This is the fifth part of the Async Wandering series. For your convenience you can find other parts in the table of contents in Part 1 – Why creating Form from WinForms in unit tests breaks async?

Last time we saw how to wait for async void methods. Today we are going to catch exceptions. Normally exceptions thrown by those methods crash application because we cannot wait for them. Exceptions from async Task on the other hand don’t do that generally (they can when the GC cleans up and unobserved exception is being thrown) but silently wait for us to be handled. We would like to have exactly the same behavior, so let’s see, how we can do that.

Last time we implemented custom synchronization context. Today we need something more — task scheduler:

public class MyTaskScheduler : TaskScheduler
{
	private readonly MyContext context;
	public BlockingCollection< Task> tasks = new BlockingCollection< Task>();

	public MyTaskScheduler(MyContext context)
	{
		this.context = context;
	}

	protected override IEnumerable GetScheduledTasks()
	{
		return tasks;
	}

	protected override void QueueTask(Task task)
	{
		Queue(task);
	}

	protected override bool TryExecuteTaskInline(Task task, bool taskWasPreviouslyQueued)
	{
		return TryExecuteTask(task);
	}

	public new bool TryExecuteTask(Task task)
	{
		return base.TryExecuteTask(task);
	}

	public void Queue(Task task)
	{
		tasks.Add(task);
	}
}

We have collection of tasks to execute. Whenever we queue new task, we just store it in the array instead of trying to execute it right away. Effectively those tasks are not run at all until we say so.

Now let’s see the refined context:

public class MyContext : SynchronizationContext
{
	public MyTaskScheduler scheduler;
	public TaskFactory factory;
	private int operations;

	public MyContext()
	{
		scheduler = new MyTaskScheduler(this);
		factory = new TaskFactory(CancellationToken.None, TaskCreationOptions.HideScheduler, TaskContinuationOptions.HideScheduler, scheduler);
	}

	public override void Post(SendOrPostCallback d, object state)
	{
		var task = factory.StartNew(() => d(state));
		scheduler.Queue(task);
	}

	public override void Send(SendOrPostCallback d, object state)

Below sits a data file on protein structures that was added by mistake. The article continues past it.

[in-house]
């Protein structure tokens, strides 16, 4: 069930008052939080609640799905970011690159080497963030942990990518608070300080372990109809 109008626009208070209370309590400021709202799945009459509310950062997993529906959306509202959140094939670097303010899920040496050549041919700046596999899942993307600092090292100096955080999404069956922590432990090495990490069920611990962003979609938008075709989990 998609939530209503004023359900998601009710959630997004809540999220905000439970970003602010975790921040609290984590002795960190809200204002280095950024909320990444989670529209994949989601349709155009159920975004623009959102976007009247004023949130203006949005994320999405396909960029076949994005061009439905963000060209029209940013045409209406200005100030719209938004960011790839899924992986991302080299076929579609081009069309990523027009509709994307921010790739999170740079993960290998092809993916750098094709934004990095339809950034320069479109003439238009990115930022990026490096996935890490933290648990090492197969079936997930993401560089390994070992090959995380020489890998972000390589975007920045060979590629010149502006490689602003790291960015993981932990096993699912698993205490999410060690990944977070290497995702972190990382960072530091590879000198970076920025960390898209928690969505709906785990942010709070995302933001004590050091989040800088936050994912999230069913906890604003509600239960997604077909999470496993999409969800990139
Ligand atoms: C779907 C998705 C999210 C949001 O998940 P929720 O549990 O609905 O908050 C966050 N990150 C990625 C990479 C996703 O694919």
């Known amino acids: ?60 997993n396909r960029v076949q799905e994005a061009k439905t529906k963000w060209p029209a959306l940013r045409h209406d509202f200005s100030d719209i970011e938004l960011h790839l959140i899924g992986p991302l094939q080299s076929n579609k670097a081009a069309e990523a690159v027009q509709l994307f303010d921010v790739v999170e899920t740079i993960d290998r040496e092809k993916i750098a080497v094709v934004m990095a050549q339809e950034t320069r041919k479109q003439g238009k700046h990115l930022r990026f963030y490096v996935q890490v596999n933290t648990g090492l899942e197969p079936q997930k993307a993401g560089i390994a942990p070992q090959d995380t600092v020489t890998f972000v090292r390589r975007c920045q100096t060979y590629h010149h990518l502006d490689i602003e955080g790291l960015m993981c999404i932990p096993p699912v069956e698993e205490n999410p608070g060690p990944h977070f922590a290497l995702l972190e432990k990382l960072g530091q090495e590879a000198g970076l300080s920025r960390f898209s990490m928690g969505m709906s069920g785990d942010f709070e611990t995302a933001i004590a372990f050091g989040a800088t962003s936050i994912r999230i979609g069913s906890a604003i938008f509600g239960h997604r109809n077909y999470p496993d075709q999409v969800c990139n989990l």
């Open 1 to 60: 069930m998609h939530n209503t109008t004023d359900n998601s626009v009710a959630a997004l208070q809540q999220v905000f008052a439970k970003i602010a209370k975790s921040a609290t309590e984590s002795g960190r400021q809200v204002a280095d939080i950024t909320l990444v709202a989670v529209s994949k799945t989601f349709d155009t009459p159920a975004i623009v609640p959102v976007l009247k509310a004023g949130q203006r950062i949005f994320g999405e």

{
		d(state);
	}

	public override void OperationCompleted()
	{
		operations--;
		if (operations == 0)
		{
			scheduler.tasks.CompleteAdding();
		}
	}

	public override void OperationStarted()
	{
		operations++;
	}

	public static Task Run(Action action)
	{
		return Task.Run(() =>
		{
			var oldContext = SynchronizationContext.Current;
			var newContext = new MyContext();
			try
			{
				SynchronizationContext.SetSynchronizationContext(newContext);
				var spanningTask = newContext.factory.StartNew(action);
				foreach (var task in newContext.scheduler.tasks.GetConsumingEnumerable())
				{
					newContext.scheduler.TryExecuteTask(task);
					task.Wait();
				}
				spanningTask.Wait();
			}
			finally
			{
				SynchronizationContext.SetSynchronizationContext(oldContext);
			}
		});
	}
}

We create new TaskFactory with our scheduler so whatever we run on this factory will go through our logic. Next, we count operations so we know when we are done.

Finally, we have a helper method for running the tasks. We replace synchronization context with ours, submit a task with lambda provided by the caller, and then execute all tasks from the scheduler one by one. We wait for all the tasks so whatever exception is thrown we just “catch” it with ordinary Task mechanisms.

Finally, let’s try it:

static void Main(string[] args)
{
	Console.WriteLine("Preparing job to run");
	var task = MyContext.Run(() => Throw());
	Console.WriteLine("Job is scheduled, will run any second. Sleeping main thread");
	Thread.Sleep(5000);
	Console.WriteLine("Catching exception");
	try
	{
		task.Wait();
	}
	catch (Exception e)
	{
		Console.WriteLine("Swallowing exception " + e.GetType() + "\n" + e);
	}

	Thread.Sleep(1000);
	Console.WriteLine("Done");
}

public static async void Throw()
{
	Console.WriteLine("\tWaiting in async void");
	await Task.Delay(1000);
	Console.WriteLine("\tThrowing in async void");
	throw new Exception("Hahaha from async void");
}

We schedule a lambda to run, add some sleeping and finally wait for the task with ordinary trycatch logic. The exception is propagated and handled correctly.

Bonus chatter: what is the difference between Wait() and GetAwaiter().GetResult()? Which one should we actually use in our library?